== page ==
Lambda Research Corporation was founded in 1992 with the idea of developing software to simulate the behavior of light. “We had an educated hunch there were other applications for this kind of software,” says cofounder Ed Freniere.
Little did they realize just how many.
The Jet Propulsion Laboratory (JPL) granted the Littleton, Massachusetts-based company a Small Business Innovation Research (SBIR) contract in 1993 to develop a user-friendly program to predict how light from objects outside its imagers’ fields of view would affect the pictures they produced.
There was a program available for modeling ray behavior, but it was expensive, difficult to use, and incompatible with both Windows and computer-aided design (CAD) software NASA used to design the instruments. The user had to redraw the geometry of any instrument to be modeled.
Lambda licensed the geometry engine at the heart of CAD programs and built its software around it, making it completely CAD-compatible. Before the end of its second JPL SBIR contract, the company had released the first commercial edition of its light-behavior-modeling TracePro software, still its flagship product.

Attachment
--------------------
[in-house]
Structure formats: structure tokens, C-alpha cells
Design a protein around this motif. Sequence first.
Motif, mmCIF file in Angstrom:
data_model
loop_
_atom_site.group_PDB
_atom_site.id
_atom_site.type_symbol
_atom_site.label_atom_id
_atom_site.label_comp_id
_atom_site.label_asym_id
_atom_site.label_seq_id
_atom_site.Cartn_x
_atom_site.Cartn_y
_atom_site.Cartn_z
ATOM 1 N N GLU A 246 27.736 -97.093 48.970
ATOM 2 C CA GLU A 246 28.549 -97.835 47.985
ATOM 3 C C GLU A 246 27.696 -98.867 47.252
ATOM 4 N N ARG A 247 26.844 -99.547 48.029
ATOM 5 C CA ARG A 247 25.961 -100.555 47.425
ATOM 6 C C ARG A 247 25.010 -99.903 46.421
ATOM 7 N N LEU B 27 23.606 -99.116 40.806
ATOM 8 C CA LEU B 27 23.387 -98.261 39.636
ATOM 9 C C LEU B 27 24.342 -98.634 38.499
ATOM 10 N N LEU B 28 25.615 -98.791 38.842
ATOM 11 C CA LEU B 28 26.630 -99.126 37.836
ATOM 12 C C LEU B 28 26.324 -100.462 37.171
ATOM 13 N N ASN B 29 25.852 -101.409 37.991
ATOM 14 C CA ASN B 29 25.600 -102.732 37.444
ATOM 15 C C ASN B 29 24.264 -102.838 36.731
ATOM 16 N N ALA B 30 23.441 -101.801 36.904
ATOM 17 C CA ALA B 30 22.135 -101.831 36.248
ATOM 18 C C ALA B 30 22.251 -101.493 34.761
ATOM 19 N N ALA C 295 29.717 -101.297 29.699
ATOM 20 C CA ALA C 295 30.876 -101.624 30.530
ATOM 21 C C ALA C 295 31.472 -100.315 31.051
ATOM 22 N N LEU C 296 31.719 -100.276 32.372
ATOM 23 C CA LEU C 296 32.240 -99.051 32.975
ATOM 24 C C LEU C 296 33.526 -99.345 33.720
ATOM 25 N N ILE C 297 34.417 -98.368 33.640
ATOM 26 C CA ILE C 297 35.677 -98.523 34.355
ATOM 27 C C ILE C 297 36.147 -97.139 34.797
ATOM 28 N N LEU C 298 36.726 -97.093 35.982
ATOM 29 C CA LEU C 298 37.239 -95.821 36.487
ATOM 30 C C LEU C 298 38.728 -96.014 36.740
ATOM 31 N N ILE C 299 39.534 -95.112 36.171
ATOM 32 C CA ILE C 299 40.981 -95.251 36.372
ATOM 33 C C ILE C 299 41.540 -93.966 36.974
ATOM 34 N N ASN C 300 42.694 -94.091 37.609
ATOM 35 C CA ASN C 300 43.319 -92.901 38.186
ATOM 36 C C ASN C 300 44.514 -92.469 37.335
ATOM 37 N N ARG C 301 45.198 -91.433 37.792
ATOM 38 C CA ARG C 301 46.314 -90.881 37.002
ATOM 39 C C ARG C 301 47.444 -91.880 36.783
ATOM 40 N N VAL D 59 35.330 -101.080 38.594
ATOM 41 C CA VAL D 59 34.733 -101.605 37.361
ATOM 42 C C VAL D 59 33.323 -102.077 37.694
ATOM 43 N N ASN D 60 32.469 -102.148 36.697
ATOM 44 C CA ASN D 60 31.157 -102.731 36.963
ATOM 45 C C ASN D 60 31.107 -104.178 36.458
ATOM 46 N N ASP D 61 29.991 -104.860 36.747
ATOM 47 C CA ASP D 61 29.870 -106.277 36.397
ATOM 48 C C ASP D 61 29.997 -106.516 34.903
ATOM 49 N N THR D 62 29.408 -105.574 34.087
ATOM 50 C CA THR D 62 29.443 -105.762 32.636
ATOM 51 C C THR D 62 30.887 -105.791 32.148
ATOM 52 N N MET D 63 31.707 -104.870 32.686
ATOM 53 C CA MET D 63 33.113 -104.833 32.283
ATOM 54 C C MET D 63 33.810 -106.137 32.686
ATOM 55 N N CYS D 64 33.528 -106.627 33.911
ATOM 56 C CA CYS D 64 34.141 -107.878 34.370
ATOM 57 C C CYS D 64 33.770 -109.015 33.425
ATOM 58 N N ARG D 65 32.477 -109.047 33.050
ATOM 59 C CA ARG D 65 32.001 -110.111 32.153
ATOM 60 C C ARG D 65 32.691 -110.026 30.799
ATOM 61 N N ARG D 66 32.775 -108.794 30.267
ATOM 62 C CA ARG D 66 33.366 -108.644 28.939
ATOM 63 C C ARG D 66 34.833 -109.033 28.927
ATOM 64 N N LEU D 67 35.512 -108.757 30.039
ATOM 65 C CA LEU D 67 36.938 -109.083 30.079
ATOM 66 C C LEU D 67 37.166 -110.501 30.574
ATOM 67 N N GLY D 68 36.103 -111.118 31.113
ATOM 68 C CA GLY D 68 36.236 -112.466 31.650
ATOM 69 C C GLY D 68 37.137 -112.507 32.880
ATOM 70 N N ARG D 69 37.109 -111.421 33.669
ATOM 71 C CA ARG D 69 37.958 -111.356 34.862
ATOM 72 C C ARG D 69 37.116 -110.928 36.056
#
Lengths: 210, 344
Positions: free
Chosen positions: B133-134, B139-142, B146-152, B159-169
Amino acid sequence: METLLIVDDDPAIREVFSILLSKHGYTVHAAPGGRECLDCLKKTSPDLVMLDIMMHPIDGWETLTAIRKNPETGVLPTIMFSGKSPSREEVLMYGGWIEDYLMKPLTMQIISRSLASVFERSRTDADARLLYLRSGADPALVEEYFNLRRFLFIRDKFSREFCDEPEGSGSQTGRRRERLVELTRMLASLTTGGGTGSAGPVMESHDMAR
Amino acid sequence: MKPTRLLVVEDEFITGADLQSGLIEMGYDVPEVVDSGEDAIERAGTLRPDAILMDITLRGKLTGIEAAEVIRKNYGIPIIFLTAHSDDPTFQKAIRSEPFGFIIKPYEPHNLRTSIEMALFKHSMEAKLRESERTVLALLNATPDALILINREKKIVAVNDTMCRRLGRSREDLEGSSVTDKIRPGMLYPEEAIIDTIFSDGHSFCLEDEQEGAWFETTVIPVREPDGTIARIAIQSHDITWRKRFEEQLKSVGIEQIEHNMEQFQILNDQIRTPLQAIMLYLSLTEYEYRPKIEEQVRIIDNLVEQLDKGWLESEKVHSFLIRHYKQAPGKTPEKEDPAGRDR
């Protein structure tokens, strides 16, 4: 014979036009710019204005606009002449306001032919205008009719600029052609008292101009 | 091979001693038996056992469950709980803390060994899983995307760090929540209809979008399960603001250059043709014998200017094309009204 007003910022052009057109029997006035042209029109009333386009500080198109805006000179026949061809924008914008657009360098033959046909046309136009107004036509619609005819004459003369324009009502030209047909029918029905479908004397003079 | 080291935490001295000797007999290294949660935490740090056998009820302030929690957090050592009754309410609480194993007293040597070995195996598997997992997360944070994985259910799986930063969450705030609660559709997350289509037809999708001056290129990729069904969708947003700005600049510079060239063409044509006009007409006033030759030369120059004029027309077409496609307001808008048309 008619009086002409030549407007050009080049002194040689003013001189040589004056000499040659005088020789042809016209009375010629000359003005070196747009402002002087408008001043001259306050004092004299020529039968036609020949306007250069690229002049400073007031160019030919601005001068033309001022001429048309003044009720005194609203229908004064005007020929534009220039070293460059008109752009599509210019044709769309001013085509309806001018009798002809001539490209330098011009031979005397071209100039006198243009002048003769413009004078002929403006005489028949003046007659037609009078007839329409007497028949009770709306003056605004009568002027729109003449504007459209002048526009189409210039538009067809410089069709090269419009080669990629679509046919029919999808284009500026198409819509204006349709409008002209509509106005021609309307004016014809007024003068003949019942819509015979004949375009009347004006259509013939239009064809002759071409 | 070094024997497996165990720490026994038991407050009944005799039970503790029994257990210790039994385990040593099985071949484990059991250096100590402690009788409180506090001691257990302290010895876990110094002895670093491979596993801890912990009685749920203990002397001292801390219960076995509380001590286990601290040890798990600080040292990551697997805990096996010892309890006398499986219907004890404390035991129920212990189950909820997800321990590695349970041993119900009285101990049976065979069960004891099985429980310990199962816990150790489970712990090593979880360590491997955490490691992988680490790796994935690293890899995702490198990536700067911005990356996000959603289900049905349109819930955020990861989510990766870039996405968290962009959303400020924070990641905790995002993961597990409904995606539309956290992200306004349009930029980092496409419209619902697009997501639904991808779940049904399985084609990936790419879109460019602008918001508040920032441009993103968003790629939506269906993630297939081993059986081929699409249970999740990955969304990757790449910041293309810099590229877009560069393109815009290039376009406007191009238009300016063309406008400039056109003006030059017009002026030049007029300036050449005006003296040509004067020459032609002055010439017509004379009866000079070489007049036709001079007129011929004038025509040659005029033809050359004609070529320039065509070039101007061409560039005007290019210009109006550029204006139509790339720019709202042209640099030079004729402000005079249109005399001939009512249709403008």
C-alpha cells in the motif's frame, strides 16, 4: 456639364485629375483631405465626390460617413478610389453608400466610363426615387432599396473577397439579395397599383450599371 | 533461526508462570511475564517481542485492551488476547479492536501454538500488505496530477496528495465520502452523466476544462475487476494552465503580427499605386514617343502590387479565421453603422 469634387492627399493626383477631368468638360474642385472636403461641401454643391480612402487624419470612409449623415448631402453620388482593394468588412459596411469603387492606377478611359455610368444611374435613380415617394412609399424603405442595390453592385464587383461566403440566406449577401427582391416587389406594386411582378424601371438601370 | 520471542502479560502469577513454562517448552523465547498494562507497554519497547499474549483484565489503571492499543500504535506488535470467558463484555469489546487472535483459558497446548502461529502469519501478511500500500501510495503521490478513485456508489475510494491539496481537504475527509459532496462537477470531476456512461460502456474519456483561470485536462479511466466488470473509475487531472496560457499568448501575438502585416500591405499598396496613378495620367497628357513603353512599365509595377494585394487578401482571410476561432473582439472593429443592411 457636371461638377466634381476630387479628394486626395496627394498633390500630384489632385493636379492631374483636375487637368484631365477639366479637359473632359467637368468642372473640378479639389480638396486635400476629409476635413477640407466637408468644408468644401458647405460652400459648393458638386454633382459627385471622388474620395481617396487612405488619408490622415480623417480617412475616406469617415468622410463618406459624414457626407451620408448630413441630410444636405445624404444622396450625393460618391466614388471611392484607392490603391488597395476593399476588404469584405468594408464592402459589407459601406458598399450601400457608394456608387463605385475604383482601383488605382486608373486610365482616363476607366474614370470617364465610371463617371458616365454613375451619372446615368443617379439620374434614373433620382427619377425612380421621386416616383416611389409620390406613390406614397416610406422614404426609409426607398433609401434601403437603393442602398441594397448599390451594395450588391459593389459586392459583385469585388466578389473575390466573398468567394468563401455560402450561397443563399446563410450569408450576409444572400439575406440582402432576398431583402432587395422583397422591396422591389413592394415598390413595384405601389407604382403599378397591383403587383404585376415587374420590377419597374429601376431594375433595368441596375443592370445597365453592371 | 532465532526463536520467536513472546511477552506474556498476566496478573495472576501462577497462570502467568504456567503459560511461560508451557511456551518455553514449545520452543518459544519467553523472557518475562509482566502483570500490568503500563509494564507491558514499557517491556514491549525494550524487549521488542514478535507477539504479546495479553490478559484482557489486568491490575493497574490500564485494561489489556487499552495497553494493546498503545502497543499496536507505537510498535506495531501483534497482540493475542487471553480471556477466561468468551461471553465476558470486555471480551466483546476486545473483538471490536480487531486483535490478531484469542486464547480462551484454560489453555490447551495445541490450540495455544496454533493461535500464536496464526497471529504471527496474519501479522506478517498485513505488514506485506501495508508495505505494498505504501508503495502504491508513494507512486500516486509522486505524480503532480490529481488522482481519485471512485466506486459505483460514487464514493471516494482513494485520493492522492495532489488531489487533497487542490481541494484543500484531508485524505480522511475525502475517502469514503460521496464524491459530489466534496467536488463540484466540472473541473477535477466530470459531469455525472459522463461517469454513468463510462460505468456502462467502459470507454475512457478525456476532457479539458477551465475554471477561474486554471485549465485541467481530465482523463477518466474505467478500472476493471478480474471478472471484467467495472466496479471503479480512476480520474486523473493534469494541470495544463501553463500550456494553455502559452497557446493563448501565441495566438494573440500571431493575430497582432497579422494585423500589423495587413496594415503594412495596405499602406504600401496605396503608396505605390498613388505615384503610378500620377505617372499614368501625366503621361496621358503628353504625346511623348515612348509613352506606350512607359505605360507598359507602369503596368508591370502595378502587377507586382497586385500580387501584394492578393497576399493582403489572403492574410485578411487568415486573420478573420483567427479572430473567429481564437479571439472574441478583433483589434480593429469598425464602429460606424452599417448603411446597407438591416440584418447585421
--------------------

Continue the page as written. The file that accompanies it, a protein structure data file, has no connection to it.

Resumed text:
TracePro’s largest market is in optimizing overhead lighting, from street lamps to offices. Another application is the design of light pipes—tubes carrying light from internal LEDs to indicators on an electronic device’s exterior, which might help locate buttons. Engineers designing solar collectors can use TracePro to determine where mirrors should be and how they should be angled and bent.
In medicine and life science, there are many ways light can noninvasively monitor functions, from pulse monitors to cell imaging, tissue characterization, microscopy, and monitoring blood-sugar levels. In all these devices, TracePro helps engineers maximize results.
The program can also help design everything from car dashboards to signs and lamps to cameras and telescopes.
Countless NASA imagers have also benefited from TracePro.